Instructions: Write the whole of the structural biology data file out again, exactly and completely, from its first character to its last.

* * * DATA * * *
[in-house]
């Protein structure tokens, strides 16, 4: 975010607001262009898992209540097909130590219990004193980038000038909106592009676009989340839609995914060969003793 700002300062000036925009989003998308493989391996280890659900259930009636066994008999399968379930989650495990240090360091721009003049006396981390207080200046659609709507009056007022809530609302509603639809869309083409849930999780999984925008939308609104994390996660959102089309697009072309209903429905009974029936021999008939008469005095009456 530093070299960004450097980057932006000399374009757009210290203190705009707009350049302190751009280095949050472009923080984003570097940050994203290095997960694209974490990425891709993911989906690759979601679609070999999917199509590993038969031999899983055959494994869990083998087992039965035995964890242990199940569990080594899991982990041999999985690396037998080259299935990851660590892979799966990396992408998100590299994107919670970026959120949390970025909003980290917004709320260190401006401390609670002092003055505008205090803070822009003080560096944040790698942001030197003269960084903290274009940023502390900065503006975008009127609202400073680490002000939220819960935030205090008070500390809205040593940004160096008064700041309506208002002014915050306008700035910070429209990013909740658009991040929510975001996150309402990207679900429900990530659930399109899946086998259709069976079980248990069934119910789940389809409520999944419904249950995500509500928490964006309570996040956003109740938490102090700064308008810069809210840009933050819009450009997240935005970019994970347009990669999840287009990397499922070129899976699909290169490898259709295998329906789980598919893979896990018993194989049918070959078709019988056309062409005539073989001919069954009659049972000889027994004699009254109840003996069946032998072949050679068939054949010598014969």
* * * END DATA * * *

[in-house]
């Protein structure tokens, strides 16, 4: 975010607001262009898992209540097909130590219990004193980038000038909106592009676009989340839609995914060969003793 700002300062000036925009989003998308493989391996280890659900259930009636066994008999399968379930989650495990240090360091721009003049006396981390207080200046659609709507009056007022809530609302509603639809869309083409849930999780999984925008939308609104994390996660959102089309697009072309209903429905009974029936021999008939008469005095009456 530093070299960004450097980057932006000399374009757009210290203190705009707009350049302190751009280095949050472009923080984003570097940050994203290095997960694209974490990425891709993911989906690759979601679609070999999917199509590993038969031999899983055959494994869990083998087992039965035995964890242990199940569990080594899991982990041999999985690396037998080259299935990851660590892979799966990396992408998100590299994107919670970026959120949390970025909003980290917004709320260190401006401390609670002092003055505008205090803070822009003080560096944040790698942001030197003269960084903290274009940023502390900065503006975008009127609202400073680490002000939220819960935030205090008070500390809205040593940004160096008064700041309506208002002014915050306008700035910070429209990013909740658009991040929510975001996150309402990207679900429900990530659930399109899946086998259709069976079980248990069934119910789940389809409520999944419904249950995500509500928490964006309570996040956003109740938490102090700064308008810069809210840009933050819009450009997240935005970019994970347009990669999840287009990397499922070129899976699909290169490898259709295998329906789980598919893979896990018993194989049918070959078709019988056309062409005539073989001919069954009659049972000889027994004699009254109840003996069946032998072949050679068939054949010598014969």